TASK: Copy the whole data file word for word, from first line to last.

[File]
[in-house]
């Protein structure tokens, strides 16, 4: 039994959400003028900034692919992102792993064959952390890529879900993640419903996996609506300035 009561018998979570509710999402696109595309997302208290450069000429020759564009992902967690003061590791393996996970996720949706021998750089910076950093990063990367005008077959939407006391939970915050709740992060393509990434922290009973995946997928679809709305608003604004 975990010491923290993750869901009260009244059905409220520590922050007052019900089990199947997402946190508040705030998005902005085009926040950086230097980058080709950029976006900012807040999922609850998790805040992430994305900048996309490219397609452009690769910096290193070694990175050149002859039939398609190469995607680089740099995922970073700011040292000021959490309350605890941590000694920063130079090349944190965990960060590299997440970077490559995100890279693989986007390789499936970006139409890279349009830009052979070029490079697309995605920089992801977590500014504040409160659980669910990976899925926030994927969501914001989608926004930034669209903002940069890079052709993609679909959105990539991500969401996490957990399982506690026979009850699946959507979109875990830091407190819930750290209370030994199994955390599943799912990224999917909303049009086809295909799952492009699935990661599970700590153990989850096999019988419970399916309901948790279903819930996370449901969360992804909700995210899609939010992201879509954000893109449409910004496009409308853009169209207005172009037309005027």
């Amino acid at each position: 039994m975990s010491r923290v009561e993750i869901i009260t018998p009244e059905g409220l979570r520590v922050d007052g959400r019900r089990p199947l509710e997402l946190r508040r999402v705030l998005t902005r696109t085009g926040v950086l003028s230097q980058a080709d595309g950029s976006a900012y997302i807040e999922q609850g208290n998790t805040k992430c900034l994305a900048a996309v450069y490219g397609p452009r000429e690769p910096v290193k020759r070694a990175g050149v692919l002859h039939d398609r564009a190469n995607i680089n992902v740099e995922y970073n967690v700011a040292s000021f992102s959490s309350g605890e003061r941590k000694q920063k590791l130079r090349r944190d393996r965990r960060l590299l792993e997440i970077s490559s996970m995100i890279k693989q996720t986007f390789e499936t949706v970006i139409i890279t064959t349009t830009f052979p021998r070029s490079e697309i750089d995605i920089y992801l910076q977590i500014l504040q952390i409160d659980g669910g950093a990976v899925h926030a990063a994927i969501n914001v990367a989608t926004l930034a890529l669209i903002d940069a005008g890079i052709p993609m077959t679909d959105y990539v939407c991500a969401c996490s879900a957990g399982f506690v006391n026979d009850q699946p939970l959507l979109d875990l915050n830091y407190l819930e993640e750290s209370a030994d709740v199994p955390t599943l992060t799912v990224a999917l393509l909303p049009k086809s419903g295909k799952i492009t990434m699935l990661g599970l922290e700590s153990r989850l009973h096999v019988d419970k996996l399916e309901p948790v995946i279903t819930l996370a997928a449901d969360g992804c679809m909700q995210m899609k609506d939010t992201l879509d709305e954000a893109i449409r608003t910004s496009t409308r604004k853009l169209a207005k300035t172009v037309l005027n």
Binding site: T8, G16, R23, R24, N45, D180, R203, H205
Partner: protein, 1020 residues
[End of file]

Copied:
[in-house]
């Protein structure tokens, strides 16, 4: 039994959400003028900034692919992102792993064959952390890529879900993640419903996996609506300035 009561018998979570509710999402696109595309997302208290450069000429020759564009992902967690003061590791393996996970996720949706021998750089910076950093990063990367005008077959939407006391939970915050709740992060393509990434922290009973995946997928679809709305608003604004 975990010491923290993750869901009260009244059905409220520590922050007052019900089990199947997402946190508040705030998005902005085009926040950086230097980058080709950029976006900012807040999922609850998790805040992430994305900048996309490219397609452009690769910096290193070694990175050149002859039939398609190469995607680089740099995922970073700011040292000021959490309350605890941590000694920063130079090349944190965990960060590299997440970077490559995100890279693989986007390789499936970006139409890279349009830009052979070029490079697309995605920089992801977590500014504040409160659980669910990976899925926030994927969501914001989608926004930034669209903002940069890079052709993609679909959105990539991500969401996490957990399982506690026979009850699946959507979109875990830091407190819930750290209370030994199994955390599943799912990224999917909303049009086809295909799952492009699935990661599970700590153990989850096999019988419970399916309901948790279903819930996370449901969360992804909700995210899609939010992201879509954000893109449409910004496009409308853009169209207005172009037309005027």
């Amino acid at each position: 039994m975990s010491r923290v009561e993750i869901i009260t018998p009244e059905g409220l979570r520590v922050d007052g959400r019900r089990p199947l509710e997402l946190r508040r999402v705030l998005t902005r696109t085009g926040v950086l003028s230097q980058a080709d595309g950029s976006a900012y997302i807040e999922q609850g208290n998790t805040k992430c900034l994305a900048a996309v450069y490219g397609p452009r000429e690769p910096v290193k020759r070694a990175g050149v692919l002859h039939d398609r564009a190469n995607i680089n992902v740099e995922y970073n967690v700011a040292s000021f992102s959490s309350g605890e003061r941590k000694q920063k590791l130079r090349r944190d393996r965990r960060l590299l792993e997440i970077s490559s996970m995100i890279k693989q996720t986007f390789e499936t949706v970006i139409i890279t064959t349009t830009f052979p021998r070029s490079e697309i750089d995605i920089y992801l910076q977590i500014l504040q952390i409160d659980g669910g950093a990976v899925h926030a990063a994927i969501n914001v990367a989608t926004l930034a890529l669209i903002d940069a005008g890079i052709p993609m077959t679909d959105y990539v939407c991500a969401c996490s879900a957990g399982f506690v006391n026979d009850q699946p939970l959507l979109d875990l915050n830091y407190l819930e993640e750290s209370a030994d709740v199994p955390t599943l992060t799912v990224a999917l393509l909303p049009k086809s419903g295909k799952i492009t990434m699935l990661g599970l922290e700590s153990r989850l009973h096999v019988d419970k996996l399916e309901p948790v995946i279903t819930l996370a997928a449901d969360g992804c679809m909700q995210m899609k609506d939010t992201l879509d709305e954000a893109i449409r608003t910004s496009t409308r604004k853009l169209a207005k300035t172009v037309l005027n």
Binding site: T8, G16, R23, R24, N45, D180, R203, H205
Partner: protein, 1020 residues